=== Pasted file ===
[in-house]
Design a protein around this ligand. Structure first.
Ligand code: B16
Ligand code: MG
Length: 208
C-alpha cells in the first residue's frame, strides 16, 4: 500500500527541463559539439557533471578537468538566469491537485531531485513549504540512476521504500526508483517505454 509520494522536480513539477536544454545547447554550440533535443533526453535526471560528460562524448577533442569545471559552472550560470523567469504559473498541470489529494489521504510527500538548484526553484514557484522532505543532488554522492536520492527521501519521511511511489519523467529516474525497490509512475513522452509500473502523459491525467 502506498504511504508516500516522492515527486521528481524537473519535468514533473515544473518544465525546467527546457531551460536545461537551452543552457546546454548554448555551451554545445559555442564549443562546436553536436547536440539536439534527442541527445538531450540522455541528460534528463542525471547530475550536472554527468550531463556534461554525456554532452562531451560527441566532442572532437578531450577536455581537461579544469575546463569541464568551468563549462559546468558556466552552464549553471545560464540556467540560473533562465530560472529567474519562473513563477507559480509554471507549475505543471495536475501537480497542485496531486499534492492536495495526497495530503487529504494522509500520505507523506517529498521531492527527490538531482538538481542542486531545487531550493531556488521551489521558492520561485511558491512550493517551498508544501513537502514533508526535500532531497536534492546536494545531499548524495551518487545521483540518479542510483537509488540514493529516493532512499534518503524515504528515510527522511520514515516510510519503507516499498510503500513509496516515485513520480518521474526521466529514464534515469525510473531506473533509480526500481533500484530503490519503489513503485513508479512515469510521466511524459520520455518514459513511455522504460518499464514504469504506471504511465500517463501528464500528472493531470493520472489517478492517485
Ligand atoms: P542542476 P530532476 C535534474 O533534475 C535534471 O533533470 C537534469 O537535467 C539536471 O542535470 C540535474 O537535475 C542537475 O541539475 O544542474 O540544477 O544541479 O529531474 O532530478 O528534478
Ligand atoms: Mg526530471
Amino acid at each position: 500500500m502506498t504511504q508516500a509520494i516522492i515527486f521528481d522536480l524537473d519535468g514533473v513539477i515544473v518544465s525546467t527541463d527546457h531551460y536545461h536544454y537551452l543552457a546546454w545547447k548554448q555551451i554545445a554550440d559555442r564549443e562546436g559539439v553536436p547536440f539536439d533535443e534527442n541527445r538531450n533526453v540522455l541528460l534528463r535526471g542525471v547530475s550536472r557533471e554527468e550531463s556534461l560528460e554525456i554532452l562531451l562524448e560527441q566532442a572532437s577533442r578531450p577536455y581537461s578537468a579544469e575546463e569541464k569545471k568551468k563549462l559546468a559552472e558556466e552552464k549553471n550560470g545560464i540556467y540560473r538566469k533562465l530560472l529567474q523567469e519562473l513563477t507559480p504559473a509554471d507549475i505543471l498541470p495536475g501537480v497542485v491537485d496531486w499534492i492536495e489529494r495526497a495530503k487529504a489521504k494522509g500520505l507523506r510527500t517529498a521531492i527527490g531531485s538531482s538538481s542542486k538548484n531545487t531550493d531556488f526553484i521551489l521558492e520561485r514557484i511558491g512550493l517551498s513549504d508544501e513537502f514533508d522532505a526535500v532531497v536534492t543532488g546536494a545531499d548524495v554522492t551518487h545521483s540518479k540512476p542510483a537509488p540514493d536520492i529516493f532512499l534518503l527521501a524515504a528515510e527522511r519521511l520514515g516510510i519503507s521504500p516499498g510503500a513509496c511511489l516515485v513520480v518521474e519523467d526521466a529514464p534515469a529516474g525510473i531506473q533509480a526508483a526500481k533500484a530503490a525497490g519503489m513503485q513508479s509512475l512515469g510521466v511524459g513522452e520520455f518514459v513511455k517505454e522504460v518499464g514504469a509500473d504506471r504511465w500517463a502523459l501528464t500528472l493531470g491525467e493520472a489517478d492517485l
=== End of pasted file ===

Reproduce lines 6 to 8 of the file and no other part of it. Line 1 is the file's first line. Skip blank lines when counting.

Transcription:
C-alpha cells in the first residue's frame, strides 16, 4: 500500500527541463559539439557533471578537468538566469491537485531531485513549504540512476521504500526508483517505454 509520494522536480513539477536544454545547447554550440533535443533526453535526471560528460562524448577533442569545471559552472550560470523567469504559473498541470489529494489521504510527500538548484526553484514557484522532505543532488554522492536520492527521501519521511511511489519523467529516474525497490509512475513522452509500473502523459491525467 502506498504511504508516500516522492515527486521528481524537473519535468514533473515544473518544465525546467527546457531551460536545461537551452543552457546546454548554448555551451554545445559555442564549443562546436553536436547536440539536439534527442541527445538531450540522455541528460534528463542525471547530475550536472554527468550531463556534461554525456554532452562531451560527441566532442572532437578531450577536455581537461579544469575546463569541464568551468563549462559546468558556466552552464549553471545560464540556467540560473533562465530560472529567474519562473513563477507559480509554471507549475505543471495536475501537480497542485496531486499534492492536495495526497495530503487529504494522509500520505507523506517529498521531492527527490538531482538538481542542486531545487531550493531556488521551489521558492520561485511558491512550493517551498508544501513537502514533508526535500532531497536534492546536494545531499548524495551518487545521483540518479542510483537509488540514493529516493532512499534518503524515504528515510527522511520514515516510510519503507516499498510503500513509496516515485513520480518521474526521466529514464534515469525510473531506473533509480526500481533500484530503490519503489513503485513508479512515469510521466511524459520520455518514459513511455522504460518499464514504469504506471504511465500517463501528464500528472493531470493520472489517478492517485
Ligand atoms: P542542476 P530532476 C535534474 O533534475 C535534471 O533533470 C537534469 O537535467 C539536471 O542535470 C540535474 O537535475 C542537475 O541539475 O544542474 O540544477 O544541479 O529531474 O532530478 O528534478
Ligand atoms: Mg526530471